Letting Go of Your Emotions

Emotions are not often taken into consideration when treating people in chronic pain, anxiety or high levels of stress, nor in any health problems. I BELIEVE THEY SHOULD BE!

Psychology is often an add-on to medications and physical therapy such as physiotherapy and chiropractic, rather than one of the first considerations. My research has shown that if emotions are recognised, major changes can take place, physically and mentally.

You may be in a workplace or home that is making you unhappy, frustrated or even angry. This emotional challenge day-in, day-out over the long term can affect your mental and physical health in a negative way (negative changes may be silently occurring even if there aren’t yet any visible or noticeable symptoms. Even if you can’t escape from this situation, there are ways to reduce its impact on you. We both know you cannot change those around you, but you can take charge of the effect of having to stay.

A thought or a memory will stay with us for many years. In the same way the associated emotion can also stay with us for many years. Your body and sub-conscious mind will remember your past, even if you think, “I’ve dealt with that” or you say to yourself, “I’ve put that out of my mind”. Those memories are still there.

I believe that emotions affect our health in an almost continuous way – especially with long-term conditions. At times, there may be a psychophysiological (mind and body) reason for the pain (anxiety) that once addressed the body then begins to heal itself.

Among brain scientists there is growing consensus that memory is not stored in a single location in the brain. Instead memories are constructed from pathways in the brain that fire together as patterns throughout the entire body. So in this way an ‘emotional block’ can affect many areas of the body. I have found emotions can be stored in tissue throughout your body.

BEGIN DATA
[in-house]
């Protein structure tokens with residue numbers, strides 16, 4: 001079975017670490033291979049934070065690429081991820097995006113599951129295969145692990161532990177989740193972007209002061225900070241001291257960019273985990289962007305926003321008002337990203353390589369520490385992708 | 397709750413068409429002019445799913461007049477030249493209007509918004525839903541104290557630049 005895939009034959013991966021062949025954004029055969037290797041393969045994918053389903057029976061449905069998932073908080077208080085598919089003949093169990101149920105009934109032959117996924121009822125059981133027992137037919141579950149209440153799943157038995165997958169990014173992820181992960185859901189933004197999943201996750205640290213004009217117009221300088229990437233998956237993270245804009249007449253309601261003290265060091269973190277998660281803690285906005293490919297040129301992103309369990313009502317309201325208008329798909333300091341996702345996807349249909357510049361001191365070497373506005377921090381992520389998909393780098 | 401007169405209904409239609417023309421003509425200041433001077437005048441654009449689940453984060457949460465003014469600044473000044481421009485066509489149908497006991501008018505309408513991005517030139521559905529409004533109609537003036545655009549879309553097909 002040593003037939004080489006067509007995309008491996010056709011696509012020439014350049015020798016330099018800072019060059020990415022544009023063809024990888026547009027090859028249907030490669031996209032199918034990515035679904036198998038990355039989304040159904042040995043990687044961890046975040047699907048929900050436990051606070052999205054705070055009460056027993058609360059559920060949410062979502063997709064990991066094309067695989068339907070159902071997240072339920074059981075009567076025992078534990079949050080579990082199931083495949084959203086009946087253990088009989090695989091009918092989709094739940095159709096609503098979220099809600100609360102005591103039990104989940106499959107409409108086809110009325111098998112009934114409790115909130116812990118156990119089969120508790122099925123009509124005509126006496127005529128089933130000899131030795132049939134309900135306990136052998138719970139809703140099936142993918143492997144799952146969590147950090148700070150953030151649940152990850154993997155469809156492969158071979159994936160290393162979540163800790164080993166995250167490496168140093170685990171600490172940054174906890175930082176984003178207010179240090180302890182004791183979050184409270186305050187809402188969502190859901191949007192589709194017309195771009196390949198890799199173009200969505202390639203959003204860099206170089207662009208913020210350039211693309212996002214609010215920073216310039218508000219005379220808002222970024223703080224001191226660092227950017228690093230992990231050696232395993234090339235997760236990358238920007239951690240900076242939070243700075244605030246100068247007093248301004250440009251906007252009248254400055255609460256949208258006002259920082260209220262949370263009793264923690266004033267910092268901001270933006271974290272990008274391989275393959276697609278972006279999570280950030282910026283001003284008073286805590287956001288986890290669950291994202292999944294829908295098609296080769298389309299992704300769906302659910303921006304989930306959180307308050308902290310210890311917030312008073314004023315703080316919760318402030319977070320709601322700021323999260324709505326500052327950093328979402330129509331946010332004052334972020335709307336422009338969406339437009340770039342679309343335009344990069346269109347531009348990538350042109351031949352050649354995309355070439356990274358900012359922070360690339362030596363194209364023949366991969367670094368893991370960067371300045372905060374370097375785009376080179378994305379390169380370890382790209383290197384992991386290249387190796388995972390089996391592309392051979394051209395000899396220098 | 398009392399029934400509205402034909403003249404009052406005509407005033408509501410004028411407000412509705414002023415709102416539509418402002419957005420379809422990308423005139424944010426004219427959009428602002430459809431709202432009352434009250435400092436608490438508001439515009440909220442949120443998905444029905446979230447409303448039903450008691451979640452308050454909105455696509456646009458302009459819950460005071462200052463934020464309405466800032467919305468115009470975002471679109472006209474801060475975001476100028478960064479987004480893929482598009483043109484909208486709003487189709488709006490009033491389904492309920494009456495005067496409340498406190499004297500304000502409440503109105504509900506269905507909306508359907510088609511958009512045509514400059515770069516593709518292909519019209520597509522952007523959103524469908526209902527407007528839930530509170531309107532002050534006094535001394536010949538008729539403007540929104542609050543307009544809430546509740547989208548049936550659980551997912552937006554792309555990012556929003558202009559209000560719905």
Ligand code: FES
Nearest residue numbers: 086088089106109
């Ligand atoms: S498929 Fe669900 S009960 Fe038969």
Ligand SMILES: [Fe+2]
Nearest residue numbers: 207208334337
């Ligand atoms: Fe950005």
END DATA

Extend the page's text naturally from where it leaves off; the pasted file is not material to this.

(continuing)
Here are two sections of the Five Element Emotions chart (devised by Dr Dewe) showing the extensive range of emotions that may arise during a consultation.

I use the kinesiology technique of muscle checking to identify each relevant emotion. Then a nonintrusive method is used to deal with that emotion.

Although emotions do need to be acknowledged or their relevance identified in some way IN MY TREATMENT THERE IS NO EXPECTATION TO TALK ABOUT THESE EMOTIONS OR EVENTS SURROUNDING THEM. Many of my clients rate this ‘counselling without talking’ as the most important part of my treatment and the reason for choosing to bring their problems to me.

These stories illustrate the role of emotions in pain and illness

Stories from Ian Hislop “The Feeling Being” (1987) and from research by Jean Jordan.

  • A 58 year old shop manageress developed pain from a gastric ulcer five months after her son was jailed for manslaughter.
  • A male, aged 61 years, suffered a myocardial infraction (heart attack) within three months of being made redundant at work.
  • Thyrotoxicosis was diagnosed in a 27 year old woman, nine months after giving birth to a Down’s Syndrome baby.